And your name, young man, is-humph-ay-ha to me, since you must needs know so much of my --what is it?"
private affairs." Darsie Latimer."
The Justice collected a great afflatus in his cheeks, “Right-ay-humph-very right. Darsie Latimer which puffed them up like those of a Dutch cherub, is the very thing-ha--ay--where do you come from?" while his eyes seemed flying out of his head, from the "From Scotland, sir," I replied.
effort with which he retained his breath. He then "A native of Scotland-a-humph-eh-how is it?" blew it forth with, — " Whew !-Hoom-poof-ha :I am an Englishman by birth, sir."
not know your parents, youngster ?—Then I must “Right-ay-yes, you are so. But pray, Mr. Dar- commit you for a vagrant, I warrant you. Отпе sie Latimer, have you always been called by that ignotum pro terribili, as we used to say at Appleby name, or have
ou any other ?--Nick, write down school; is, every one that is not known to the his answers, Nick.'
Justice, is a rogue and a vagabond. Ha:-ay, you As far as I remember, I never bore any other," may sneer, sir; but I question if you would have known was my answer. "How, no ?-well I should not have thought so
the meaning of that Latin unless I had told you."
I acknowledged myself obliged for a new edition of Hey, neighbour, would you?''
the adage, and an interpretation which I could never Here he looked towards the other Squire, who had have reached alone and unassisted. I then proceeded thrown himself into a chair; and, with his legs to state my case with greater confidence. The Justice stretched out before him, and his arms folded on his was an ass, that was clear; but it was scarcely posbosom, seemed carelessly attending to what was go-sible he could be so utterly ignorant as not to know ing forward. He answered the appeal of the Justice what was necessary in so plain a case as mine. I by saying, that perhaps the young man's memory did therefore informed him of the riot which had been not go back to a very early period.
committed on the Scottish side of the Solway Frith; Ah-eh-ha-you hear the gentleman--Pray, how explained how I came to be placed in my present far may, your memory be pleased to run back to :- situation; and requested of his worship to sei me at umph :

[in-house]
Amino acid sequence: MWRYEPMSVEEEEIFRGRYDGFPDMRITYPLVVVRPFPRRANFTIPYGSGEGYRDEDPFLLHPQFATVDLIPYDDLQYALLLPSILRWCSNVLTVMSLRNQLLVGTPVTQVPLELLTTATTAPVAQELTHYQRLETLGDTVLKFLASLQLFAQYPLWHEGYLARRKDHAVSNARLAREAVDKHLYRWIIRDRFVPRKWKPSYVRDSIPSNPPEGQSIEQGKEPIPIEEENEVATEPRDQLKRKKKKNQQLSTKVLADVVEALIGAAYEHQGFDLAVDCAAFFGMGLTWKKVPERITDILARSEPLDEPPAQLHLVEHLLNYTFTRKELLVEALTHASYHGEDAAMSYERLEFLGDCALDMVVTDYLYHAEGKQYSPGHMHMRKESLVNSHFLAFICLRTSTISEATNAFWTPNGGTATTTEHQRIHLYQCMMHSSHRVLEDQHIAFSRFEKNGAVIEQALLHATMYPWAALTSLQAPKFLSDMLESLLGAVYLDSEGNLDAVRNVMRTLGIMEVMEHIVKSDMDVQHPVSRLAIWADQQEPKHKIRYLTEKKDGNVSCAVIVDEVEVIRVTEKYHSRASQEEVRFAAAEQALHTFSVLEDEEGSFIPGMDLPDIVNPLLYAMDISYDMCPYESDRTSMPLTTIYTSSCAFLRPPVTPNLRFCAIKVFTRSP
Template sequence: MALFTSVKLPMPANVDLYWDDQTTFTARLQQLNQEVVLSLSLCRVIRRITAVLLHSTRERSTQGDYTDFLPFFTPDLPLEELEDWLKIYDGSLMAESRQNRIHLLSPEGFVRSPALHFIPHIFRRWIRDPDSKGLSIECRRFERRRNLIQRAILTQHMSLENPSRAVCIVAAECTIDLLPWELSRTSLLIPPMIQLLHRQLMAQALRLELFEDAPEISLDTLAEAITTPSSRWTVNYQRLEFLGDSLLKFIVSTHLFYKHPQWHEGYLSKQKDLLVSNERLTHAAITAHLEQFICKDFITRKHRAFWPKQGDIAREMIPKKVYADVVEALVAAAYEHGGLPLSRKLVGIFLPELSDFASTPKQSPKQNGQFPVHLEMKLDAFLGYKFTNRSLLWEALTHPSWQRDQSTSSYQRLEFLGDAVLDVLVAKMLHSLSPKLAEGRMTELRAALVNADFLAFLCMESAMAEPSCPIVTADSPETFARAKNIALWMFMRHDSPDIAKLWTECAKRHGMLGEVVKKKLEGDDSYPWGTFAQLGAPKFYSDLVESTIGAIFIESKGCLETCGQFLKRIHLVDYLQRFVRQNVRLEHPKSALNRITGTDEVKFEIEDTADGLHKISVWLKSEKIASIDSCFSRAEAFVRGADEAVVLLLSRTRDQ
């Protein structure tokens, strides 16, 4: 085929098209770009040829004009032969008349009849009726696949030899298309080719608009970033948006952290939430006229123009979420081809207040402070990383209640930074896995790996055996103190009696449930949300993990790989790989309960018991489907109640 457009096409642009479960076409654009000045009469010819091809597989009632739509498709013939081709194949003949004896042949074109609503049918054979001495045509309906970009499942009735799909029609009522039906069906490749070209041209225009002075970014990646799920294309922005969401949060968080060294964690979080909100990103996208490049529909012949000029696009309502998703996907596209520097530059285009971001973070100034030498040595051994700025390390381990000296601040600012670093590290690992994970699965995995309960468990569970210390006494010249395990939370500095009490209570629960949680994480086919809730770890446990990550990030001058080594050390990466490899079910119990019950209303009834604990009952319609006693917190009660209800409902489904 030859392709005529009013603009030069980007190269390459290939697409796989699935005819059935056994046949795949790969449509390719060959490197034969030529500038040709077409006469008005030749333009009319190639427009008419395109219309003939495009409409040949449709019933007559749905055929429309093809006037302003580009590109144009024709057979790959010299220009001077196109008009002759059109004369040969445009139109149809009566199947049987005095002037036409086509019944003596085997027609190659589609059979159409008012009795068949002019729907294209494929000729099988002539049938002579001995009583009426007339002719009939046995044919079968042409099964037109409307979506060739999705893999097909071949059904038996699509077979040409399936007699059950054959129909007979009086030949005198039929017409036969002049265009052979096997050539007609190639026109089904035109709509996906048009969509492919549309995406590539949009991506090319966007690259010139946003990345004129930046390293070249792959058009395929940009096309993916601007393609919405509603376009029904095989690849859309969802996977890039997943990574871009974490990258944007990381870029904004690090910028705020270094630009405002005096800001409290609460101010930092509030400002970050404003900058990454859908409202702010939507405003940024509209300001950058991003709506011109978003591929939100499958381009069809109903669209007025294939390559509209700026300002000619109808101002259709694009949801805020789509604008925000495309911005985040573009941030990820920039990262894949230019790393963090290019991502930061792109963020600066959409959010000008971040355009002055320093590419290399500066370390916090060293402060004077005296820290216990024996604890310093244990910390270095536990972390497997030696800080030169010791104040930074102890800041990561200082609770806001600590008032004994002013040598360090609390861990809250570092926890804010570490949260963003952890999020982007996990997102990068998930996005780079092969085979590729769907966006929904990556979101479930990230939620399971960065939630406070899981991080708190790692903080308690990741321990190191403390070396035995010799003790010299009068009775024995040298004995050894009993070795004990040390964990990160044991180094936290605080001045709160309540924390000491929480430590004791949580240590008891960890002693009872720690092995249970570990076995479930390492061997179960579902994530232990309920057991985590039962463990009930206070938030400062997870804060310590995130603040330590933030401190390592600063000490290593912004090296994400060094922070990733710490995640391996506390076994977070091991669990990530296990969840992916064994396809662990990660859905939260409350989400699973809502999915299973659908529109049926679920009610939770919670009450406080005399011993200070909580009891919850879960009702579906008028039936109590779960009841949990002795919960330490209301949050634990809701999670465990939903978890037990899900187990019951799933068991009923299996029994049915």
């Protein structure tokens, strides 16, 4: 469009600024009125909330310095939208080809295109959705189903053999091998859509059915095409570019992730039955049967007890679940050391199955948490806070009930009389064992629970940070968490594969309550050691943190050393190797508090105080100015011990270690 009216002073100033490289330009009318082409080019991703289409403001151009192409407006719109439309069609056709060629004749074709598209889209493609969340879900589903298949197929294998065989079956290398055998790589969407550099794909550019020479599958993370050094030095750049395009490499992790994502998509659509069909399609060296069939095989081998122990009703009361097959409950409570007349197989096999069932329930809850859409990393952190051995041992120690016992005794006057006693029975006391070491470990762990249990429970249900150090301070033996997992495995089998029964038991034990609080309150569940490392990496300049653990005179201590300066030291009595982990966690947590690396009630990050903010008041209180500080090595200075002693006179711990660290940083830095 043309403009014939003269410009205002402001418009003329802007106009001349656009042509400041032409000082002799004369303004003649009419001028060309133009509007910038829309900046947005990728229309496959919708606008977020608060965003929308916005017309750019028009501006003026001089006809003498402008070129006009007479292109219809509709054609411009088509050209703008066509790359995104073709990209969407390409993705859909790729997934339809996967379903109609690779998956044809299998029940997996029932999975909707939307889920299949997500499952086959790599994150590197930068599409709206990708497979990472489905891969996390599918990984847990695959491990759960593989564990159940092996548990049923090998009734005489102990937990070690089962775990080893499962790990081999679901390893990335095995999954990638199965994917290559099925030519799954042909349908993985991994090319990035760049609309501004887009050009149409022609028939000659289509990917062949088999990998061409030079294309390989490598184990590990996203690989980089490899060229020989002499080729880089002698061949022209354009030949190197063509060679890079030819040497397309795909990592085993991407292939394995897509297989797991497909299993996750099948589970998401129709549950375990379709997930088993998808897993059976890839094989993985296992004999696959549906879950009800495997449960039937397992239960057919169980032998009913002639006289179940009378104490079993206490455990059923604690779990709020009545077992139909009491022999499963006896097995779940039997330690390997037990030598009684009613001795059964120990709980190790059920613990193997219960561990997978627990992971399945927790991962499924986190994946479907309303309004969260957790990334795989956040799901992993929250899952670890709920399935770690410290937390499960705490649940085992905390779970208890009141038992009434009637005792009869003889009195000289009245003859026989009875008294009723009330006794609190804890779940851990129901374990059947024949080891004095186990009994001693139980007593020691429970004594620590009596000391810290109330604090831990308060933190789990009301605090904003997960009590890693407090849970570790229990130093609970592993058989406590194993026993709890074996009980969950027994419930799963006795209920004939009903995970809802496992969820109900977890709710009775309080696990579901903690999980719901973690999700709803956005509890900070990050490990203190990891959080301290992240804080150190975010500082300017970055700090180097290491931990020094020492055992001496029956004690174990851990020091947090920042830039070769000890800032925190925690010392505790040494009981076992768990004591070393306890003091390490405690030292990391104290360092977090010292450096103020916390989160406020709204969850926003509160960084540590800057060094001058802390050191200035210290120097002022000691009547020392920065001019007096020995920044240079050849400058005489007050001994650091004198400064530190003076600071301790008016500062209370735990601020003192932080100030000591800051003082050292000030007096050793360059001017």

liberty. I pleaded my cause with as much earnestness "Perhaps, sir, to the age of three years, or a little as I could, casting an eye from time to time upon the farther."
opposite party, who seemed entirely indifferent to all And will you presume to say, sir," said the Squire, the animation with which I accused him. drawing himself suddenly erect in his seat, and exert- As for the Justice, when at length I had ceased as ing the strength of his powerful voice, "that you then really not knowing what more to say in a case so very bore your present name?”
plain, he replied, "Ho-ay-ay-yes-wonderful! and I was startled at the confidence with which this so this is all the gratitude you show to this good genquestion was put, and in vain rummaged my memory tleman for the great charge and trouble he hath had for the means of replying. "At least," I said, “I with respect to and concerning of you ?" always remember being called Darsie; children, at "He saved my life, sir, I acknowledge, on one octhat early age, seldom get more than their Christian casion certainly, and most probably on two; but his name."
having done so gives him no right over my person. .“0, I thought so," he replied, and again stretched I am not, however, asking for any punishment or himself on bis seat, in the same lounging posture as revenge ; on the contrary, I am content to part friends before.
with the gentleman, whose motives I am unwilling